Singing, Hutterite, at Worship

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This article was written in the late 1950s.

Like the delivery of their sermons the congregational singing of the Hutterites of today is also strongly formalized, a practice which undoubtedly goes back to certain usages of the 16th and 17th centuries. Some of its characteristic features were mentioned in the article Lieder der Hutterischen Brüder; some further observations will be briefly summarized here. A. J. F. Zieglschmid reports in a footnote of the Klein-Geschichtsbuch (580, n. 3) that in the singing of hymns during the worship hour the preacher (Diener des Wortes) reads and sings one line of the hymn from the Liederbuch, whereupon the congregation sings this line in unison; then follows the second line in the same fashion, and so forth. Since most of the hymns are extremely long, only a few stanzas are sung. The singing itself is rather devoid of musical beauty; it is not only sung in unison but extremely shrill and loud. The tunes are known by all through oral tradition. The texts are taken from two printed hymnals, the Lieder der Hutterischen Brüder (1914) and Das Kleine Liederbuch (1930). The tunes derived originally from old secular folk tunes (mostly medieval) but they lost most of their melodiousness and freshness by the above described formalization.

There is good reason to ask what has made this overly loud, rather unmusical singing the congregational practice. A good conjecture would be that in the beginning it was introduced intentionally by brethren who were imprisoned and who wanted to be heard both by their fellow brethren in other parts of the jail and by outsiders that they might stop and listen to their testimonies of faith. Jeronimus Käls, martyred at Vienna 1536, reports in one of his epistles from prison that at night the brethren in separate cells sang so loudly that they could hear each other and thus give each other mutual comfort; moreover by so doing they tried to allay their own agony (ME III, 340; also Arch. f. Ref. Gesch. 1929, 80).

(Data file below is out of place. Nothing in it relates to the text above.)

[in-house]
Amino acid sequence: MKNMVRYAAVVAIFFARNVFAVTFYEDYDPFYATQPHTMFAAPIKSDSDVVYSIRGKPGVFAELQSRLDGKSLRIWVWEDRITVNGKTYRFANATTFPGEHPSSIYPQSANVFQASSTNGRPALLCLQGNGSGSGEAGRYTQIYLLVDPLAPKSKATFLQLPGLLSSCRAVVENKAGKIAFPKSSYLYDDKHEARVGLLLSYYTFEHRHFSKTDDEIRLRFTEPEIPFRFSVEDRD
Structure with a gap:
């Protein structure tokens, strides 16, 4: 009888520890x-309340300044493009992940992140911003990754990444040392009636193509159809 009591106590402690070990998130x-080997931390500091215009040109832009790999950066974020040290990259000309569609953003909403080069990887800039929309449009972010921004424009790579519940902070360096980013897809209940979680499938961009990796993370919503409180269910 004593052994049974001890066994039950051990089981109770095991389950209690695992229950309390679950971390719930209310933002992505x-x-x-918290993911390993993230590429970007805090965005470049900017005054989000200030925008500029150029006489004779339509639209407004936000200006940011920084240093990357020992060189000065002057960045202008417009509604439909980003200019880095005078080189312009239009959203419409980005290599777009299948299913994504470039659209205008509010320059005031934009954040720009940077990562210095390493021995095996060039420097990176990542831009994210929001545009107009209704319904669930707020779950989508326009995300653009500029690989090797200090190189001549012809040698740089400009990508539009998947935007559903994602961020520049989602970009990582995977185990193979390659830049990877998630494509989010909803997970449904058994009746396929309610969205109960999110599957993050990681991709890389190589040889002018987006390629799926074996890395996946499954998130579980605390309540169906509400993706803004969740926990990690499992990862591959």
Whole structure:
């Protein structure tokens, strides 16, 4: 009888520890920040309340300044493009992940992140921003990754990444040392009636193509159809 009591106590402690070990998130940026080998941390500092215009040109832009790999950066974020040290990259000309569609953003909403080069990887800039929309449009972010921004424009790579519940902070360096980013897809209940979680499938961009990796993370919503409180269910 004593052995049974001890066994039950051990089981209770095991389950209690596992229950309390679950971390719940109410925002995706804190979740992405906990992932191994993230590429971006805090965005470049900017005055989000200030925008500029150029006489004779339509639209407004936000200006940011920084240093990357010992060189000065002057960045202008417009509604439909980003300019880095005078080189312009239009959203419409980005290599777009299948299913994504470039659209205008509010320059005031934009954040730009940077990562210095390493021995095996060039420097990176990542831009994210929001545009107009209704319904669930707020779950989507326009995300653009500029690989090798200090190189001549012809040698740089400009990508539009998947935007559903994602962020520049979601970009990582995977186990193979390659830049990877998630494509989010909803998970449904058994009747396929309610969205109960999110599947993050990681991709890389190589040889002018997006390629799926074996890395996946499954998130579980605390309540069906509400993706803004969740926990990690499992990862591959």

Similarly Hans Schmid or Raiffer, martyred at Aachen 1558, wrote to the brethren in Moravia that "once God brought all of us together in jail; there I began to pray and sing as loud as I was able to raise my voice. Thereupon people came running to find out what was going on. The warden (Amtmann) came and threatened that unless we lowered our voices he would never again allow such a meeting. But," he concluded, "the brethren did not heed his words and continued in this loud manner so that everyone [outside] could hear how they stood to each other and how they were giving testimony for each other" (letter unpublished, but text also in part in the Chronik, 388 f.). The Scriptural basis for this attitude was Isaiah 58:1, in Denk's translation: "So lasst uns schreien dass uns der Hals kracht."

All this indicates that congregational singing is neither folk singing nor artistic singing but a testimony to the praise and glory of the Lord.

As to the tunes used, Oliver S. Beltz (a professor at Mission College, Takoma Park, Maryland) made a number of tape recordings of actual Hutterite singing both in Canada and in South Dakota in 1946-1947. His material is now deposited in the Folk Song Collection of the Library of Congress. Transcripts in notation may be found likewise in the Music Section of this Library, and also at Concordia Theological Seminary, St. Louis, Missouri. Beltz himself plans to publish his findings both from a musicological point of view and by comparison with earlier studies in this area of "folk music turned sacred music." A certain similarity is noticeable with the singing of the Old Order Amish, but thus far no study of any kind has been undertaken in this direction. The late A. J. F. Zieglschmid is said to have had a manuscript ready dealing with the remarkable phenomenon of tune transfers, but it seems to be lost.

Author(s) Robert Friedman
Date Published 1959

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MLA style

Friedman, Robert. "Singing, Hutterite, at Worship." Global Anabaptist Mennonite Encyclopedia Online. 1959. Web. 28 Jan 2020.,_Hutterite,_at_Worship&oldid=105349.

APA style

Friedman, Robert. (1959). Singing, Hutterite, at Worship. Global Anabaptist Mennonite Encyclopedia Online. Retrieved 28 January 2020, from,_Hutterite,_at_Worship&oldid=105349.


Adapted by permission of Herald Press, Harrisonburg, Virginia, from Mennonite Encyclopedia, Vol. 4, pp. 531-532. All rights reserved.

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